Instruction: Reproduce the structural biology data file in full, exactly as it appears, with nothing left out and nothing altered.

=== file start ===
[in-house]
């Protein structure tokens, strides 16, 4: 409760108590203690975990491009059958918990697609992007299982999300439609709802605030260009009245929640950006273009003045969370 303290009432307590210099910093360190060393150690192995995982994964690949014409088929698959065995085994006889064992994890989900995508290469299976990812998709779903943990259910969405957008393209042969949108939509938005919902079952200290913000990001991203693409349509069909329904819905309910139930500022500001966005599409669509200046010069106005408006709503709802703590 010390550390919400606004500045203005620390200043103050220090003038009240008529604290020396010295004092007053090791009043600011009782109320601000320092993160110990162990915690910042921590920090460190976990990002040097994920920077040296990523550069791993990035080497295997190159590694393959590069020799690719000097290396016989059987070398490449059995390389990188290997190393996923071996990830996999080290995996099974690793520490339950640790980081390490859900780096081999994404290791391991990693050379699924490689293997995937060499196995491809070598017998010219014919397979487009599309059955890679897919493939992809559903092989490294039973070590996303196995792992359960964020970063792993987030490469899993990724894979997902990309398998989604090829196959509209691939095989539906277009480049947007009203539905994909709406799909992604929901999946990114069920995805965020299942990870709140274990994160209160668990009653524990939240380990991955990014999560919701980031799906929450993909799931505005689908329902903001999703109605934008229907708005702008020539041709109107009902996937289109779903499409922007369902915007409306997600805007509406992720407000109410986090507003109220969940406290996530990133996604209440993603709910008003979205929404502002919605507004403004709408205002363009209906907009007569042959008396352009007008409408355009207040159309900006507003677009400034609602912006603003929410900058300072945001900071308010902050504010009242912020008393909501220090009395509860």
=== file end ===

[in-house]
């Protein structure tokens, strides 16, 4: 409760108590203690975990491009059958918990697609992007299982999300439609709802605030260009009245929640950006273009003045969370 303290009432307590210099910093360190060393150690192995995982994964690949014409088929698959065995085994006889064992994890989900995508290469299976990812998709779903943990259910969405957008393209042969949108939509938005919902079952200290913000990001991203693409349509069909329904819905309910139930500022500001966005599409669509200046010069106005408006709503709802703590 010390550390919400606004500045203005620390200043103050220090003038009240008529604290020396010295004092007053090791009043600011009782109320601000320092993160110990162990915690910042921590920090460190976990990002040097994920920077040296990523550069791993990035080497295997190159590694393959590069020799690719000097290396016989059987070398490449059995390389990188290997190393996923071996990830996999080290995996099974690793520490339950640790980081390490859900780096081999994404290791391991990693050379699924490689293997995937060499196995491809070598017998010219014919397979487009599309059955890679897919493939992809559903092989490294039973070590996303196995792992359960964020970063792993987030490469899993990724894979997902990309398998989604090829196959509209691939095989539906277009480049947007009203539905994909709406799909992604929901999946990114069920995805965020299942990870709140274990994160209160668990009653524990939240380990991955990014999560919701980031799906929450993909799931505005689908329902903001999703109605934008229907708005702008020539041709109107009902996937289109779903499409922007369902915007409306997600805007509406992720407000109410986090507003109220969940406290996530990133996604209440993603709910008003979205929404502002919605507004403004709408205002363009209906907009007569042959008396352009007008409408355009207040159309900006507003677009400034609602912006603003929410900058300072945001900071308010902050504010009242912020008393909501220090009395509860």